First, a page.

Police car at Hungary-Serbia border barrier

    During the 2015 migrant crisis, the government built a border barrier on the Hungarian-Croatian and Hungarian-Serbian borders to prevent illegal migration.[83] The Hungarian government also criticised the official European Union policy for not dissuading migrants from entering Europe.[84] The barrier became successful, as from 17 October 2015 onward, thousands of migrants were diverted daily to Slovenia instead.[85] Migration became a key issue in the 2018 parliamentary elections. Fidesz won the election again with a supermajority.[86]

    In the late 2010s, Orbán's government came under increased international scrutiny over alleged rule-of-law violations. In 2018, the European Parliament voted to act against Hungary under the terms of Article 7 of the Treaty on European Union. Hungary has and continues to dispute these allegations.[87]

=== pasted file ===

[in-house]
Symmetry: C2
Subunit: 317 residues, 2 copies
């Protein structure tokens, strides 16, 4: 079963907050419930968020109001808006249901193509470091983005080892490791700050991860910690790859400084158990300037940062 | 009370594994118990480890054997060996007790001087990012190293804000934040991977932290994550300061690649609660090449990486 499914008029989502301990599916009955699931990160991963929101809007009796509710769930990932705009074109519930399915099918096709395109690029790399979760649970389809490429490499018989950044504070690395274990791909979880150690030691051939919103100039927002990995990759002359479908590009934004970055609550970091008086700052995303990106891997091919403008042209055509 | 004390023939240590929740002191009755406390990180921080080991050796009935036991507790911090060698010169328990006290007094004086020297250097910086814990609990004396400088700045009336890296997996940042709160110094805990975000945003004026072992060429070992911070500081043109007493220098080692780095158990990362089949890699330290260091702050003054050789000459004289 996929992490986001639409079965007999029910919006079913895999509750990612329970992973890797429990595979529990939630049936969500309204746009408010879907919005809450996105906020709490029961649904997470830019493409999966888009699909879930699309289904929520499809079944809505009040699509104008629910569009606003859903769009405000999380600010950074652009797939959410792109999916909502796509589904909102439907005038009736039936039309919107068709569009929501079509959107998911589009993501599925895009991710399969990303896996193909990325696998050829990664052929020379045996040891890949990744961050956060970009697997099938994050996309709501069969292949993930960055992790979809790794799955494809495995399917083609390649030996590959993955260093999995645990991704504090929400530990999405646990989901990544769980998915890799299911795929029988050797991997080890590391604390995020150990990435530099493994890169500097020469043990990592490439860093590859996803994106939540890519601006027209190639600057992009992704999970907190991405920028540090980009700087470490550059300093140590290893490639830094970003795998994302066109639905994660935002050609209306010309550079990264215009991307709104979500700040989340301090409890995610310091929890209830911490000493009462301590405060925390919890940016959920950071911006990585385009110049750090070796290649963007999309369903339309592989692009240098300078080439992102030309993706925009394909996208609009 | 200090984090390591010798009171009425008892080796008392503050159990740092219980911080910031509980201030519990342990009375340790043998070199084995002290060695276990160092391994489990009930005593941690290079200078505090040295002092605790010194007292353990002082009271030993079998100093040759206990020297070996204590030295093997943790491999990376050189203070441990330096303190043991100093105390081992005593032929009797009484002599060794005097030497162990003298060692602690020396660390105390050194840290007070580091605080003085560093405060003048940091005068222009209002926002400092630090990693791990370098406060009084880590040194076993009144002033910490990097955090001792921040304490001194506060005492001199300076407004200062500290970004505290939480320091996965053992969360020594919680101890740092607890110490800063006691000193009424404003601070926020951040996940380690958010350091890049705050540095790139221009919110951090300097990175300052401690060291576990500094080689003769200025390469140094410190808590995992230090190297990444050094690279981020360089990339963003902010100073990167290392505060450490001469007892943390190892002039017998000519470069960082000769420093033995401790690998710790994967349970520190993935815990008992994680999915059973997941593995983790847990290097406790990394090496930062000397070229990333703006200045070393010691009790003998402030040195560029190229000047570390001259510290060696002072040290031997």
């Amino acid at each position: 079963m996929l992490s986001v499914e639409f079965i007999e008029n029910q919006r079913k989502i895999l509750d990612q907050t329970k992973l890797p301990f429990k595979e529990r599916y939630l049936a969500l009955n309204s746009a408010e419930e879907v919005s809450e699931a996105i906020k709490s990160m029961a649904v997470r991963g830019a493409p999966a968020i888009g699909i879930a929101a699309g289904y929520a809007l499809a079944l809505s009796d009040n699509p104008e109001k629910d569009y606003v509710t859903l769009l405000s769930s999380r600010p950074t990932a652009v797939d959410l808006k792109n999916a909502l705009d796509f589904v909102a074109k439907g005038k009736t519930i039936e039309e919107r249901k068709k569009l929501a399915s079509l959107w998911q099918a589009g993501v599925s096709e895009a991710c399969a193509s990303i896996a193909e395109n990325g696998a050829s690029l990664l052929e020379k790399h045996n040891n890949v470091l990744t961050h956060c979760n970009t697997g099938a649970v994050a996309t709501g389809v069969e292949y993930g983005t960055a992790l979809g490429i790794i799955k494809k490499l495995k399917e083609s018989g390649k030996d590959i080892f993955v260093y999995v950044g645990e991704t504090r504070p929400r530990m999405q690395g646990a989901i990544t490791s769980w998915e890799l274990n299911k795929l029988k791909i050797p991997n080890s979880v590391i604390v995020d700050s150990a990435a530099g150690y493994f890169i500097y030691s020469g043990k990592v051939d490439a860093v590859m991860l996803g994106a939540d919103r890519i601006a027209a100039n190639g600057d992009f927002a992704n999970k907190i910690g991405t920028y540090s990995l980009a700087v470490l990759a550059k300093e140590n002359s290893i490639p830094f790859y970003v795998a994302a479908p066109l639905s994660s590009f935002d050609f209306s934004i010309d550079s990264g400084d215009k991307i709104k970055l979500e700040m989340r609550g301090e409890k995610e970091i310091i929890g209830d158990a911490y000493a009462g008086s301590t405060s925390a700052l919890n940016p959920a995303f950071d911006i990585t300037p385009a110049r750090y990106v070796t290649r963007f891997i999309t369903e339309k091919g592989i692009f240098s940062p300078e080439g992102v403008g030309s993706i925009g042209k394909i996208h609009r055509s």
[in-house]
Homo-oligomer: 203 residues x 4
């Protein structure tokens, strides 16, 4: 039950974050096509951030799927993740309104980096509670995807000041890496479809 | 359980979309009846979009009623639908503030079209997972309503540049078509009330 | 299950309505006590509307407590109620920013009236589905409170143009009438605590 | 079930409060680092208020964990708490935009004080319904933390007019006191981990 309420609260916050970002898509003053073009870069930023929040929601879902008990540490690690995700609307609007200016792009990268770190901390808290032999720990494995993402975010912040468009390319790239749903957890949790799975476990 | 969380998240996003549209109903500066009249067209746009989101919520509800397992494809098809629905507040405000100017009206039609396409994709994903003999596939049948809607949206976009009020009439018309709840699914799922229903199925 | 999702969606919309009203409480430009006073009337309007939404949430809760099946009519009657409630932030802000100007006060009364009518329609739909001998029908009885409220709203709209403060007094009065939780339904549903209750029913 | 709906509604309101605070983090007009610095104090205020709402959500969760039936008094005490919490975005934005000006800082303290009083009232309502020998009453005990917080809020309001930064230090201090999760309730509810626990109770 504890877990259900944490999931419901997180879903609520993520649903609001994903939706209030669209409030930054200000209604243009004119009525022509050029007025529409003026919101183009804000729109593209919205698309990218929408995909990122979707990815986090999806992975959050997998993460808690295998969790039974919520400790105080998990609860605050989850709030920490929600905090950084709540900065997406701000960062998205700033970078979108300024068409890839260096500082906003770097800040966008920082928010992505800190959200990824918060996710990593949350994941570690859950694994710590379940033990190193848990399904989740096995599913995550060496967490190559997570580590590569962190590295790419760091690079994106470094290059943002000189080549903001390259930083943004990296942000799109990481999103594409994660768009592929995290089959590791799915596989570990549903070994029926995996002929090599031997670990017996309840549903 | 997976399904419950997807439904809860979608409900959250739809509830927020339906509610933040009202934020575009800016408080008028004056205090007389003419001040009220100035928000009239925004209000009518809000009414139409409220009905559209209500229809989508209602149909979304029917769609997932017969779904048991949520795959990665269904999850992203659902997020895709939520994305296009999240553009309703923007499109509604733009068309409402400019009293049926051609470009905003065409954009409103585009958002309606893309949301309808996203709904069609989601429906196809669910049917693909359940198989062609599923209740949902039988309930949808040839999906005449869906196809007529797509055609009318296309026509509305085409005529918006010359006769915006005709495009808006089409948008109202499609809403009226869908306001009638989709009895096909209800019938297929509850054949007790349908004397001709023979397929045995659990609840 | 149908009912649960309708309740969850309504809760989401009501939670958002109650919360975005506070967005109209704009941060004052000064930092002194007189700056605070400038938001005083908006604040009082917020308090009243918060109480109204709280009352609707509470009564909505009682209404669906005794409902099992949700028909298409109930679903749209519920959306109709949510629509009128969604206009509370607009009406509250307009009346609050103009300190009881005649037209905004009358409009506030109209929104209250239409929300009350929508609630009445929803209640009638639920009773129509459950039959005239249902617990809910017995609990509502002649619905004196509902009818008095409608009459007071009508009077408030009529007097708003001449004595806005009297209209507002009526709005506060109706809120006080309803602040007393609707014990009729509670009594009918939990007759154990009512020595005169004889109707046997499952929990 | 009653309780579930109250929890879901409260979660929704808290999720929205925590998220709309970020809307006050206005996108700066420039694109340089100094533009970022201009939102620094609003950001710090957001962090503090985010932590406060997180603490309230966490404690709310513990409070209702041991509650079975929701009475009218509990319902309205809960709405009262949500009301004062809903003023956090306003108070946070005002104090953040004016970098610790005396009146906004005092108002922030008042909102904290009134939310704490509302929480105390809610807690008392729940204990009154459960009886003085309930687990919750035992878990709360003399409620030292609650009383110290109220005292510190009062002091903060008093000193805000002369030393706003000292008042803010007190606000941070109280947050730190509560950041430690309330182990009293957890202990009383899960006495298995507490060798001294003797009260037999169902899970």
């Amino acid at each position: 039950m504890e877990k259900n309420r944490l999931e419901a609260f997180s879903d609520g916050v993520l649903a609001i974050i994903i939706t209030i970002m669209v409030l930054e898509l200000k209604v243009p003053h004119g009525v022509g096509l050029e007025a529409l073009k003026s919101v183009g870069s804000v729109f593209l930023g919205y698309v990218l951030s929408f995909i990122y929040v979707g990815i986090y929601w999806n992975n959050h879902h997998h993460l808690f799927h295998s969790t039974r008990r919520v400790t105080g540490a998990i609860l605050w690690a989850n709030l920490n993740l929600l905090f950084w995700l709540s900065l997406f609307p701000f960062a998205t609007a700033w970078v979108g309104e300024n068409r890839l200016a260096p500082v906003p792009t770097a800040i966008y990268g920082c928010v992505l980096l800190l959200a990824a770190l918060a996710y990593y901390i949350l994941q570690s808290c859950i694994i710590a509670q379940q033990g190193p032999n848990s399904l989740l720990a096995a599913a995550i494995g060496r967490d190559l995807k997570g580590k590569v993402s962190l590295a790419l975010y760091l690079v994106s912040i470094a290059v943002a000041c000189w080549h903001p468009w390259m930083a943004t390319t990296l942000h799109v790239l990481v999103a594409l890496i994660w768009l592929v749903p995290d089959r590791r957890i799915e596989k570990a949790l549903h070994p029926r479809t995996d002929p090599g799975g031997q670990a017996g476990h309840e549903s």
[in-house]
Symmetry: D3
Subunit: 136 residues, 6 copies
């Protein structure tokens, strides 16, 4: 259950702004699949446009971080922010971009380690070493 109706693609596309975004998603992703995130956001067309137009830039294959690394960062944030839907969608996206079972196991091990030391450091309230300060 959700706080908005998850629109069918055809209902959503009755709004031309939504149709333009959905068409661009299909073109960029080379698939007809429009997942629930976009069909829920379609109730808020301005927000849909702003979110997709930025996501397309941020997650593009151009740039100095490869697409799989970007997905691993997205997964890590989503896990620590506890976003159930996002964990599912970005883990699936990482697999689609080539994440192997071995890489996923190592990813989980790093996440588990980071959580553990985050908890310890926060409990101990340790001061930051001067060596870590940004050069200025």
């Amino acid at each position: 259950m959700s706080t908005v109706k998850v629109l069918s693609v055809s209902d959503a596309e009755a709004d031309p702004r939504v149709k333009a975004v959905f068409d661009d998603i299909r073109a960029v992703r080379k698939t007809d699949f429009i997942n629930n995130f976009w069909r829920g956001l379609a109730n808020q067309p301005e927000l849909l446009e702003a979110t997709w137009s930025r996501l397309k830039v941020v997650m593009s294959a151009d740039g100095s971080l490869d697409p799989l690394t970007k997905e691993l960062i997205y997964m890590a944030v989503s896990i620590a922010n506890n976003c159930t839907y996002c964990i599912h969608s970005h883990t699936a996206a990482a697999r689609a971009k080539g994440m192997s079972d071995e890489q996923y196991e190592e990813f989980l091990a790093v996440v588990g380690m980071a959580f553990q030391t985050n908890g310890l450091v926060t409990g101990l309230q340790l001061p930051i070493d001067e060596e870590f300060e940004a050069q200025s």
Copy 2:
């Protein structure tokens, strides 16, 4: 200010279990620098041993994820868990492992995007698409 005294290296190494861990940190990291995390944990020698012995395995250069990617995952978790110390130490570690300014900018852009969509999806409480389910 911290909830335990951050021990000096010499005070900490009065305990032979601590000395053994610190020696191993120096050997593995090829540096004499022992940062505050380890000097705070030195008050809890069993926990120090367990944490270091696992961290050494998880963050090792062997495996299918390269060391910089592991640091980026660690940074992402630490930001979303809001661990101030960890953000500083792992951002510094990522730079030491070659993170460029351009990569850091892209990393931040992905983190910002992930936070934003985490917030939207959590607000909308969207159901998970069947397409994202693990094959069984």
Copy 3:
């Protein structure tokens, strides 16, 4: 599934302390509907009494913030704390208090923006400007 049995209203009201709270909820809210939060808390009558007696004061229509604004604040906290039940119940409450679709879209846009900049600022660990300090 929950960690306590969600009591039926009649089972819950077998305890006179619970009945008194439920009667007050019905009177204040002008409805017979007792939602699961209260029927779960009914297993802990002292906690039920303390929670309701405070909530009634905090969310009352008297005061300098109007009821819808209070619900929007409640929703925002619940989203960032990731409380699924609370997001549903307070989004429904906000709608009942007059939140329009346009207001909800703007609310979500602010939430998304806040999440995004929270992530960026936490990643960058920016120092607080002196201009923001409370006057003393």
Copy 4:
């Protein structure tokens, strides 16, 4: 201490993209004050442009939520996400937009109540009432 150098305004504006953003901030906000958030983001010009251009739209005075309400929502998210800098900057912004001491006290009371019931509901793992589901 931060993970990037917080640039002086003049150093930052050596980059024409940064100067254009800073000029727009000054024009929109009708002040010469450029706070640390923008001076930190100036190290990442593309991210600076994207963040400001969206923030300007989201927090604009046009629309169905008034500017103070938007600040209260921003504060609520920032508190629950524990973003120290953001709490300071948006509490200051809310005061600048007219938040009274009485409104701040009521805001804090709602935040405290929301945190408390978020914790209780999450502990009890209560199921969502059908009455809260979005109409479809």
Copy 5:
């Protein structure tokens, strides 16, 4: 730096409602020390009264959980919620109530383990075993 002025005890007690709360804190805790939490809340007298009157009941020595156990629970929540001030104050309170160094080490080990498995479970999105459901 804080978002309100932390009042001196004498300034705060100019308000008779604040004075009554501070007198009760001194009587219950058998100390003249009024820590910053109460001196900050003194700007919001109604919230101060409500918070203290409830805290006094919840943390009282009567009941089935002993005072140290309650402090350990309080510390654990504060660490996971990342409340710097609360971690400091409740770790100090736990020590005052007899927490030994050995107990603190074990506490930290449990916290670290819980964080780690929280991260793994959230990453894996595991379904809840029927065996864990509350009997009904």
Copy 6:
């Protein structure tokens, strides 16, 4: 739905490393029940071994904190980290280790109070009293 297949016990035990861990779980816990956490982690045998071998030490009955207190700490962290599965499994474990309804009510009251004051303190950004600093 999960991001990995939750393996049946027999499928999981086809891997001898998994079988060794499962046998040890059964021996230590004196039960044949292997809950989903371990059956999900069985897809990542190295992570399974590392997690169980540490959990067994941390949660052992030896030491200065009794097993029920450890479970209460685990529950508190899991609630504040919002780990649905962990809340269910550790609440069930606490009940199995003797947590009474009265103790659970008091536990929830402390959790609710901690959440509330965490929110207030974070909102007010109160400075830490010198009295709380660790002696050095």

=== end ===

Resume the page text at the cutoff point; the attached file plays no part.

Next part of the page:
The coronavirus pandemic significantly impacted Hungary. The first cases were announced in Hungary 4 March 2020,[88] the first death eleven days later.[89] On March 18, 2020, surgeon general Cecília Müller announced that the virus had spread to every part of the country.[90] Following the approval of the first COVID-19 vaccines in the European Union, free and voluntary vaccination against the disease began in Hungary on 26 December 2020. In February 2021, after Hungary became the first EU country to authorize Russian and Chinese vaccines, it briefly enjoyed one of the highest vaccination rates in Europe.